1, 1, 2, 3, 5, 8, 13, 21, 34, 55, 89, 144, …

Almost diagonals in Pascal's triangle

Pascal combinations

The Pascal numbers answer some counting problems. Think about 7 people in a room. Let's call them Alison, Catherine, Emma, Gary, John, Matthew and Thomas. How many ways are there of choosing different groupings of 3 of them? One way would be A, C, E; another would be A, C,T. Mathematicians find it useful to write C(n,r) to stand for the number in the nth row, in the rth position (counting from r = 0) of Pascal's triangle. The answer to our question is C(7,3). The number in the 7th row of the triangle, in the 3rd position, is 35. If we choose one group of 3 we have automatically selected an ‘unchosen’ group of 4 people. This accounts for the fact that C(7,4) = 35 too. In general, C(n,r) = C(n, nr) which follows from the mirror symmetry of Pascal's triangle.

0s and 1s

In Pascal's triangle, we see that the inner numbers form a pattern depending on whether they are even or odd.

Even and odd numbers in Pascal's triangle

If we substitute 1 for the odd numbers and 0 for the even numbers we get a representation which is the same pattern as the remarkable fractal known as the Sierpinski gasket (see Chapter 25).

The Serpinski gasket

Adding signs

We can write down the Pascal triangle that corresponds to the powers of (−1 + x), namely (−1 + x)n.

In this case the triangle is not completely symmetric about the vertical line, and instead of the rows adding to powers of 2, they add up to zero. However it is the diagonals which are interesting here. The southwestern diagonal 1, −1, 1, −1, 1, −1, 1, −1, … are the coefficients of the expansion while the terms in the next diagonal along are the coefficients of the expansion

(1 + x)−1 = 1 − x + x2 − x3 + x4 − x5 + x6 − x7 + …

(1 + x)−2 = 1 – 2x + 3x2 – 4x3 + 5x4 – 6x5 + 7x6 – 8x7 + …

Adding signs

The Leibniz harmonic triangle

The German polymath Gottfried Leibniz discovered a remarkable set of numbers in the form of a triangle. The Leibniz numbers have a symmetry relation about the vertical line. But unlike Pascal's triangle, the number in one row is obtained by adding the two numbers below it. For example 1/30 + 1/20 = 1/12.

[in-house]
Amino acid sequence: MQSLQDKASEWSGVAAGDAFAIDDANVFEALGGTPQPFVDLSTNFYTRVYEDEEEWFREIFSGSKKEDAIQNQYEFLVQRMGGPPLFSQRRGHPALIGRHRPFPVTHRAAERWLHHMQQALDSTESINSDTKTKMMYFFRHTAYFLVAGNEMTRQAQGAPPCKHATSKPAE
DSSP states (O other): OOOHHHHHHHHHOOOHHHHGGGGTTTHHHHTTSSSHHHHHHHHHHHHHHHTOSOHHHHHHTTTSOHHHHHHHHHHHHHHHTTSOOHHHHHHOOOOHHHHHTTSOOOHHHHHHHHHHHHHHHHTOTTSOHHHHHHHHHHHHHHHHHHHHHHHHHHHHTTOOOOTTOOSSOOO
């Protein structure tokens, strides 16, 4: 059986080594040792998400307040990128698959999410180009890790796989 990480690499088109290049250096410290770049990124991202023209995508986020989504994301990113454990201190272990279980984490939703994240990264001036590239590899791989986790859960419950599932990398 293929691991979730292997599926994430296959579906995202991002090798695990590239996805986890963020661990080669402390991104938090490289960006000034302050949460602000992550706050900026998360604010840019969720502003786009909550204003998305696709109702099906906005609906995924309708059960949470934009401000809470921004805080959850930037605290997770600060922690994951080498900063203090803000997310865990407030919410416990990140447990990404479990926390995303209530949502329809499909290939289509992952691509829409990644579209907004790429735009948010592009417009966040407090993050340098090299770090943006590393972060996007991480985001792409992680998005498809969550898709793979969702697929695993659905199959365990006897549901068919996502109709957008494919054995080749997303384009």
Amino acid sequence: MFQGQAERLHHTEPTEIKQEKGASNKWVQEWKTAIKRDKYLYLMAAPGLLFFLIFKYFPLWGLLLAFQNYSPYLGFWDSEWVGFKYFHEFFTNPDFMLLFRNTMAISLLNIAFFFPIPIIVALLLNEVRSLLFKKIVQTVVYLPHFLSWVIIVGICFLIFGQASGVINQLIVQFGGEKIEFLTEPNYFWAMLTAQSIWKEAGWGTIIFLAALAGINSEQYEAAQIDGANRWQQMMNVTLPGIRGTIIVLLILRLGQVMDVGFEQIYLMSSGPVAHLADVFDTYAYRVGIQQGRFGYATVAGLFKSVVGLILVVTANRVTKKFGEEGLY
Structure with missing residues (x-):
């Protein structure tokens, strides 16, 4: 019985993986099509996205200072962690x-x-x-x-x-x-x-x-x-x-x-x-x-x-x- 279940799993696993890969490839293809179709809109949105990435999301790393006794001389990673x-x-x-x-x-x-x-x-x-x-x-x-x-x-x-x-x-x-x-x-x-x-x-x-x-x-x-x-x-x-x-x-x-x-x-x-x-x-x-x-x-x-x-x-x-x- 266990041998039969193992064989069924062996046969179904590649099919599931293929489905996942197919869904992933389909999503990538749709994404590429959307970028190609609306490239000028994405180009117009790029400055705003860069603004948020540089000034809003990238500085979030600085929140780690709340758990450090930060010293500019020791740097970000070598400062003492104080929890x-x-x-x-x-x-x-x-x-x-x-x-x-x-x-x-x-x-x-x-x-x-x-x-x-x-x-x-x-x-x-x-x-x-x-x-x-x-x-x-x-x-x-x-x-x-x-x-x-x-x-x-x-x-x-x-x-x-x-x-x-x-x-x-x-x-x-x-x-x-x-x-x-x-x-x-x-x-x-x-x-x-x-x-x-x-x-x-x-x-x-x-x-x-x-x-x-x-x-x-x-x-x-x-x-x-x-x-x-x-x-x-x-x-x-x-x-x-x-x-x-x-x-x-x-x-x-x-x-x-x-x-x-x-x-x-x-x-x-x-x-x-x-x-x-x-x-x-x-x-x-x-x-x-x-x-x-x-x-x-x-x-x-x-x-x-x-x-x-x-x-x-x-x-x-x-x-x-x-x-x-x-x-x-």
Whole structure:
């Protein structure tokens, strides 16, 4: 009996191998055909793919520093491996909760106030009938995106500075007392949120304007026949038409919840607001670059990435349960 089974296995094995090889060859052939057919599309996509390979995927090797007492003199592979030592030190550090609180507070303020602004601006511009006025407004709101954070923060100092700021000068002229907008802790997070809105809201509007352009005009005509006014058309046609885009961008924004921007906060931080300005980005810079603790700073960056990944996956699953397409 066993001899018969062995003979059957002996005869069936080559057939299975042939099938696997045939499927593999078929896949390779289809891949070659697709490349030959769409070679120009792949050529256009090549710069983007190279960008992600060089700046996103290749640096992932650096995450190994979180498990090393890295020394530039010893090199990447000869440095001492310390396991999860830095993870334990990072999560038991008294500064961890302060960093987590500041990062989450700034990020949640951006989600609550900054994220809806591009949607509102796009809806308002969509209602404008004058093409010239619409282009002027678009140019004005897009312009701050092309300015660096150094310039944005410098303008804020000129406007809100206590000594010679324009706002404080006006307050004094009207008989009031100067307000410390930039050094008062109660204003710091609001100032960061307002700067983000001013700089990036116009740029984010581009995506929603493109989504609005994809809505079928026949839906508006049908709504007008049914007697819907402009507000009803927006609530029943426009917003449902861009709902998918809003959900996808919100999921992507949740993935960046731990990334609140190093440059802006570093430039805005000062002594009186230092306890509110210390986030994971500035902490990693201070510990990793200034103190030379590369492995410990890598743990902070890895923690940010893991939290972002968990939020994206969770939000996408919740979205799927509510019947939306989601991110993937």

The Leibniz harmonic triangle

To construct this triangle we can progress from the top and move from left to right by subtraction: we know 1/12 and 1/30 and so 1/121/30 = 1/20, the number next to 1/30. You might have spotted that the outside diagonal is the famous harmonic series

but the second diagonal is what is known as the Leibnizian series

which by some clever manipulation turns out to equal n/(n + 1). Just as we did before, we can write these Leibnizian numbers as B(n,r) to stand for the nth number in the rth row. They are related to the ordinary Pascal numbers C(n,r) by the formula:

In the words of the old song, ‘the knee bone's connected to the thigh bone, and the thigh bone's connected to the hip bone’. So it is with Pascal's triangle and its intimate connections with so many parts of mathematics – modern geometry, combinatorics and algebra to name but three. More than this it is an exemplar of the mathematical trade – the constant search for pattern and harmony which reinforces our understanding of the subject itself.

the condensed idea

The number fountain

Timeline
c.500 BC

Fragmentary evidence exists for Pascal's triangle in Sanscrit

c.AD 1070

Omar Khayyam discovers the triangle, which in some countries is named after him

1303

Zhu Shijie defines Pascal's triangle and shows how to sum certain sequences

1664

Pascal's paper on the properties of the triangle is published posthumously

1714

Leibniz discusses the harmonic triangle

Copyright © Tony Crilly 2007